A POS system is a valuable tool for merchants in any vertical market—and supermarkets are certainly no exception. Here’s a look at seven of the most common supermarket POS system applications.
Cash management and checkout: In grocery store environments, the supermarket POS is used to ring up and record sales and financial information (the amount of money paid for each item and for customers’ orders as a whole). It also processes credit and debit card payments and collects detailed data about customers (e.g., loyalty program information) and what they have purchased, down to the SKU level. A cash management component controls the cash handling process, from the POS, to the back office, to the bank, maintaining details about cash totals as well as who handled each step and when.
Inventory management: Supermarket shoppers demand the items they want, when they want them—and will start patronizing the competition if they can’t find the items they’re looking for on their current grocery store’s shelves. On the other hand, over-ordering leads to unnecessary expenditures—and, for perishable items, needless waste.
Any POS system with an inventory management module minimizes these problems. How? Whenever a customer purchases a particular item, its SKU number, how many were bought, and other critical information is automatically transmitted from the supermarket POS software to the inventory management module. The quantity of each SKU purchased is automatically subtracted from the inventory count maintained in the software, giving management real-time information about what’s selling, what’s not selling, what should be ordered, and what should be carried in lesser quantities (if at all).
A supermarket POS system may even go one step further to alleviate shortages and curb over-ordering. Depending on the particular inventory management module, it may generate an alert when inventory levels reach user-defined minimums, and, in some cases, create re-orders based on this information.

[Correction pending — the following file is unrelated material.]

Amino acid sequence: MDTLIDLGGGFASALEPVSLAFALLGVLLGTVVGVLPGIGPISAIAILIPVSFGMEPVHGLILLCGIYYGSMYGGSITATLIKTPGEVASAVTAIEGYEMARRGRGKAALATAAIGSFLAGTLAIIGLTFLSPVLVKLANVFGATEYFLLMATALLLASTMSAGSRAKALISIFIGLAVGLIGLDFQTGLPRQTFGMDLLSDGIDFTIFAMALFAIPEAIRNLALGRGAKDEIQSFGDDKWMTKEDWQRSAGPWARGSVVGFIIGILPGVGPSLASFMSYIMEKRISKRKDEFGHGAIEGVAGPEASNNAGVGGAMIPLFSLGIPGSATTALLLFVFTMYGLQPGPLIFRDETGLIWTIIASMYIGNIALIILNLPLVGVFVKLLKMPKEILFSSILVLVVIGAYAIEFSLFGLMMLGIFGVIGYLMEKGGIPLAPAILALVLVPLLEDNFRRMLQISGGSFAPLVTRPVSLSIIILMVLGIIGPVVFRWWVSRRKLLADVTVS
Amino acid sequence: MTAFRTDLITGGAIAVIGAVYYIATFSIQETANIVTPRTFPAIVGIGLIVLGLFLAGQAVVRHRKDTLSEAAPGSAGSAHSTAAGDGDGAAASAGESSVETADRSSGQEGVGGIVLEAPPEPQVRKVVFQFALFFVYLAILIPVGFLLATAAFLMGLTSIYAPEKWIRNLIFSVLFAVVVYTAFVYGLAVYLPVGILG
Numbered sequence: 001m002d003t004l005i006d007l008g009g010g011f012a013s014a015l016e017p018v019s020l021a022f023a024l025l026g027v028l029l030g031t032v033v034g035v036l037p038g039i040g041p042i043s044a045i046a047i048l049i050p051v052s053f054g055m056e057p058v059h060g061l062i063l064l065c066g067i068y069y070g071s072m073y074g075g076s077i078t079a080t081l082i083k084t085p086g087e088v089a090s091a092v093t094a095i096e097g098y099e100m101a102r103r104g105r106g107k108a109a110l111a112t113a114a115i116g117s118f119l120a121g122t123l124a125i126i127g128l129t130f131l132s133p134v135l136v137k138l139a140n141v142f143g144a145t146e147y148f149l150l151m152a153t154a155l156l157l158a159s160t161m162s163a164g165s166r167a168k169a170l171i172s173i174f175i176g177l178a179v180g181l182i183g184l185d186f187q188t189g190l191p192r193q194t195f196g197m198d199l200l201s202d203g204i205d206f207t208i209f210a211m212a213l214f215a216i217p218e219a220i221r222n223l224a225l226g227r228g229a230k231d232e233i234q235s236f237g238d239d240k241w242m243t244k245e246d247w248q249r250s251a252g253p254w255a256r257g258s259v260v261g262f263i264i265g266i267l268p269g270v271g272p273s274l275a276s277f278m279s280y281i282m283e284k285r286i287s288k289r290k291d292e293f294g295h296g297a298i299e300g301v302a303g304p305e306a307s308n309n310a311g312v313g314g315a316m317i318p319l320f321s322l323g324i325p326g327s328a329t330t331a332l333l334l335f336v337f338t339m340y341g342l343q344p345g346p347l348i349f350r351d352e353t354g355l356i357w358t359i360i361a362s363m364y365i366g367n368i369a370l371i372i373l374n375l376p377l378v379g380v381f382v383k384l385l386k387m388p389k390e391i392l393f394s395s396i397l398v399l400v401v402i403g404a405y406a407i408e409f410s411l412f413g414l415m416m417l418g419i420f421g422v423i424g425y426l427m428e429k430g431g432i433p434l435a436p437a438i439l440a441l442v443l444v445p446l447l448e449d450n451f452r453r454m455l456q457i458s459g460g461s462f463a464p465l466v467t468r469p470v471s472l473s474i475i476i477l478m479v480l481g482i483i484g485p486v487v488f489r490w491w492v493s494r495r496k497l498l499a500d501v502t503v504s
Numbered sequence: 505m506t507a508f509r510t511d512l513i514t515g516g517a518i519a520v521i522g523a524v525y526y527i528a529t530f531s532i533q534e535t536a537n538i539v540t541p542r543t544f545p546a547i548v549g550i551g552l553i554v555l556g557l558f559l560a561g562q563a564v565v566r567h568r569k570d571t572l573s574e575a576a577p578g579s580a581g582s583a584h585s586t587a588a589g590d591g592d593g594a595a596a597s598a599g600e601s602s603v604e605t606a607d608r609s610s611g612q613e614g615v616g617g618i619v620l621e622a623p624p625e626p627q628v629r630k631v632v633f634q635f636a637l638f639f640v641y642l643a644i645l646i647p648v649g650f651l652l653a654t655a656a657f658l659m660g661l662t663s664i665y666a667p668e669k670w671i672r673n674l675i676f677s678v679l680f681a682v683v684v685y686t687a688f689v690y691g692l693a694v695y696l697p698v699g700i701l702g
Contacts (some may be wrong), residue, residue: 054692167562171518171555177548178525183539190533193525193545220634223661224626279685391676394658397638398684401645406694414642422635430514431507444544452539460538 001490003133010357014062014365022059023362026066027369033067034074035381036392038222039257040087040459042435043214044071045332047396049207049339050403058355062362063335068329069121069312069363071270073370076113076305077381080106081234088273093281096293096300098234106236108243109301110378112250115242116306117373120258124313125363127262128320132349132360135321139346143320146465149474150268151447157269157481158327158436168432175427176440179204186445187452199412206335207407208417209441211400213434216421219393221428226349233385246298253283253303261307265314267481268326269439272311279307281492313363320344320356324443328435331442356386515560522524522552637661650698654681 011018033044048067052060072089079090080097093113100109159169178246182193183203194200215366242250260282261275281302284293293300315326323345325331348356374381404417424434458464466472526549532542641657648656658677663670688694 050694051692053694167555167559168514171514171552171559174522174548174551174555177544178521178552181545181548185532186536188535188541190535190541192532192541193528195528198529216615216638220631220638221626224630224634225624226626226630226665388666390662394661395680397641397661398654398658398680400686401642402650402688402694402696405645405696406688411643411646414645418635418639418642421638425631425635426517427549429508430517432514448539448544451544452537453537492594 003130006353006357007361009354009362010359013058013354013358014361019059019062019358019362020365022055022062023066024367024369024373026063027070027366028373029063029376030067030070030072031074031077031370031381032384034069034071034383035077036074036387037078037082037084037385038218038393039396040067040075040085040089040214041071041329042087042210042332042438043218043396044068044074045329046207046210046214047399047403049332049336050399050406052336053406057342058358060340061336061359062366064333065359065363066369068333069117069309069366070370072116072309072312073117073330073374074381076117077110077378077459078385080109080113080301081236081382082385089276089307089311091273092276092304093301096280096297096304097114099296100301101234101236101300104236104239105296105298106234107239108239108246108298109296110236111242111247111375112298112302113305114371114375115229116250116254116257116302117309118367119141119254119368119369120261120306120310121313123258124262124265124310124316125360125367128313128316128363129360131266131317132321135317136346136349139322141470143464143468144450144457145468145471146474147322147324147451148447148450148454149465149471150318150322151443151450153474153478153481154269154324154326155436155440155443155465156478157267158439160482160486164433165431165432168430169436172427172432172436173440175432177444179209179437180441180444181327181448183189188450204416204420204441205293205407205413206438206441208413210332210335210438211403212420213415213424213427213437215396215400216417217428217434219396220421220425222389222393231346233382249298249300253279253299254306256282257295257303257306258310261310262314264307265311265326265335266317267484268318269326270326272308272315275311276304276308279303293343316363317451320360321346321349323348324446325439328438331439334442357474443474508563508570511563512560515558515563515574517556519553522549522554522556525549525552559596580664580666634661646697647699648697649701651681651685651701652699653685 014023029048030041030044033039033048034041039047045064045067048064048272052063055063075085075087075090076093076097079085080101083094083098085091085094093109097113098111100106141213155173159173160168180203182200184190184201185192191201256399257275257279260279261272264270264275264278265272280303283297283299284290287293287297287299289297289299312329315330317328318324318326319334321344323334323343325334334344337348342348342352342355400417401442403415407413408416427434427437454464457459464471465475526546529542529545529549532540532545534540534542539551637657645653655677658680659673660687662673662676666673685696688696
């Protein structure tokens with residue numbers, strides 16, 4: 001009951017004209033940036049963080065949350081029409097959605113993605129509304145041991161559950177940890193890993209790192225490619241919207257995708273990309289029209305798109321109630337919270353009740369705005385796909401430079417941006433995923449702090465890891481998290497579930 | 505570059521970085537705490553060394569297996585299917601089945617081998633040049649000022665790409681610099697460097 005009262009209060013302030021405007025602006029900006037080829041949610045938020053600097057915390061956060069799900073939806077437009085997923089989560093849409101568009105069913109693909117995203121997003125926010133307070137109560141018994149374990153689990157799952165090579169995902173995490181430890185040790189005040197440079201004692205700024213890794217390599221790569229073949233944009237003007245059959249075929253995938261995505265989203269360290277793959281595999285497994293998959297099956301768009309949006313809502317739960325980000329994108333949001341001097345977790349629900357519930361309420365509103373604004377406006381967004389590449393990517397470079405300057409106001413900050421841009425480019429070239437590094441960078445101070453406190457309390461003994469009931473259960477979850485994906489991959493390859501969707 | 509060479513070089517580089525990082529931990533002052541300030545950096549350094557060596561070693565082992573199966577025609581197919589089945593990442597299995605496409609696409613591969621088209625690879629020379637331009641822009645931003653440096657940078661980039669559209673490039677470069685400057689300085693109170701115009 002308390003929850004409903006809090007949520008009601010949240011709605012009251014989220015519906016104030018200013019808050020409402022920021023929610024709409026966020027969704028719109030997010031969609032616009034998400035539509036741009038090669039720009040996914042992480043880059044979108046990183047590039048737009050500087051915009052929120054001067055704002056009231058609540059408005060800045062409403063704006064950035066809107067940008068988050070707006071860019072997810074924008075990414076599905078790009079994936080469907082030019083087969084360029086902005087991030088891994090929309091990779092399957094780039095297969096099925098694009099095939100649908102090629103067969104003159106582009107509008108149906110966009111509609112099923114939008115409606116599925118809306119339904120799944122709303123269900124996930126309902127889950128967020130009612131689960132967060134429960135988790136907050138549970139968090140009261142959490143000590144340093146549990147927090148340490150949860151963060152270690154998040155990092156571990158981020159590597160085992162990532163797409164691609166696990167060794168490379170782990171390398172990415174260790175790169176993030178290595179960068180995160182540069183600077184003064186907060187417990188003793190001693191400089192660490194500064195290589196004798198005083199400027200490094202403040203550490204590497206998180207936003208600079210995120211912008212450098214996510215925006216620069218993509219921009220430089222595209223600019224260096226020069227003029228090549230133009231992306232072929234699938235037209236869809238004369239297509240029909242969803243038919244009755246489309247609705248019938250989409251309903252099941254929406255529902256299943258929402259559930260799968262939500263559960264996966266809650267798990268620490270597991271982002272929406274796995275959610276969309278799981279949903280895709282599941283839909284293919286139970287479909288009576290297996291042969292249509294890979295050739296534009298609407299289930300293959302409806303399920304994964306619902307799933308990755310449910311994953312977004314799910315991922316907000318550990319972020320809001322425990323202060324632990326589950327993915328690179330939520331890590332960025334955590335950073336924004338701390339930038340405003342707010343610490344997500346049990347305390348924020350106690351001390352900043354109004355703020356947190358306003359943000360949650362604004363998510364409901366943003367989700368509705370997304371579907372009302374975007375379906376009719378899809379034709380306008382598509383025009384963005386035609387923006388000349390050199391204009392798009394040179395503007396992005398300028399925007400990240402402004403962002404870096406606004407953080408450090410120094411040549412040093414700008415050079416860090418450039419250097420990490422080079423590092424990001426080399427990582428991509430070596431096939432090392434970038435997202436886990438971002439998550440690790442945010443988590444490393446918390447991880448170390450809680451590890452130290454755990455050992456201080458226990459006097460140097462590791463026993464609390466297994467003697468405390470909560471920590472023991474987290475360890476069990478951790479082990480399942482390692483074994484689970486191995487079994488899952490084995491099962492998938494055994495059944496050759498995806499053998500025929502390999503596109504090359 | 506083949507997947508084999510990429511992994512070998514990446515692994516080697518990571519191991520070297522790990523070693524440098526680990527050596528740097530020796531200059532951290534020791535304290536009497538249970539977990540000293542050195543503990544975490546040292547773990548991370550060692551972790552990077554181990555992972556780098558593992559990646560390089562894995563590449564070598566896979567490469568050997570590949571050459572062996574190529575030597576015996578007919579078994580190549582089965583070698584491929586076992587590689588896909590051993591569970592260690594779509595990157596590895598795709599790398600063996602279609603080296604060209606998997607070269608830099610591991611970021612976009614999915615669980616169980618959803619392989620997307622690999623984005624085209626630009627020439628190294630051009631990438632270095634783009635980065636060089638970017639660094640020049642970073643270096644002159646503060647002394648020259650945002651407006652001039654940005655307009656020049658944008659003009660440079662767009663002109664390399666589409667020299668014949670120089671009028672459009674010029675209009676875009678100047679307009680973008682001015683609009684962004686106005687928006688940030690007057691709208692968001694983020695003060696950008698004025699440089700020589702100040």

Shelf space management: Maintaining an in-stock position on the items customers want is important, but so is ensuring that the right amount of shelf space is allocated to each category, and to each product within that category. An interface between a supermarket POS system and a shelf space management solution allows decisions about shelf space allocation and individual product facings to be made in keeping with which SKUs are selling faster than others. For instance, a quick look at POS data can clarify that chicken soup is more popular with customers than tomato soup, and therefore merits extra shelf space, or that one brand of tomato soup is more popular than another brand, and merits extra facings on the soup shelves.
Loss Prevention: In a supermarket—or any retail environment, for that matter—a POS system can act as a “silent partner” in reducing shrink and incidents of cash theft. With many POS systems, POS data can be cross-referenced with footage from video surveillance systems, enabling management to readily identify price-switching and employees who are either “sweethearting” (giving away items for free or at a discount), “forgetting” to ring up items (and pocketing the cash), or simply stealing from the cash drawer.
By reviewing POS data alone, grocery retailers can also pinpoint other causes of loss and shrink. Examples include honest mistakes by cashiers as items are rung up (e.g., scanning identical items in a multiple purchase once rather than twice).
Labor scheduling/time and attendance: Supermarkets’ thin profit margins make it very important to avoid guesswork when scheduling employees—whether they’re cashiers or other front-end staff members or personnel who work behind the scenes in the bakery, deli, and other departments. When a labor management module interfaces with the supermarket POS system, management can easily compare store traffic with sales patterns, and then generate or adjust schedules in accordance with historical information and real needs. This guards against under-staffing and over-staffing alike.
Meanwhile, integrating the POS system with a time and attendance solution makes it easy to enforce scheduling parameters. Employees clock in and out right on the supermarket POS terminal—so they can neither punch in and out for each other nor work beyond their scheduled hours.
Scale management: Most, if not all supermarkets sell such bulk items as produce, nuts, coffee, and tea leaves, all of which must be weighed before being rung up. Integrating a scale with a supermarket POS system allows for accurate ring-up of bulk transactions, as well as faster customer throughput.
Pharmacy: With a pharmacy POS system, supermarkets can maintain a customer database for prescription drug verification, dispensing, inventory management (including automatic order generation), third-party insurance billing, and accounts receivable.
It’s easy to see from the above-described applications that a POS system is the workhorse of every supermarket—and a worthwhile business investment for single- and multi-unit grocery operators alike.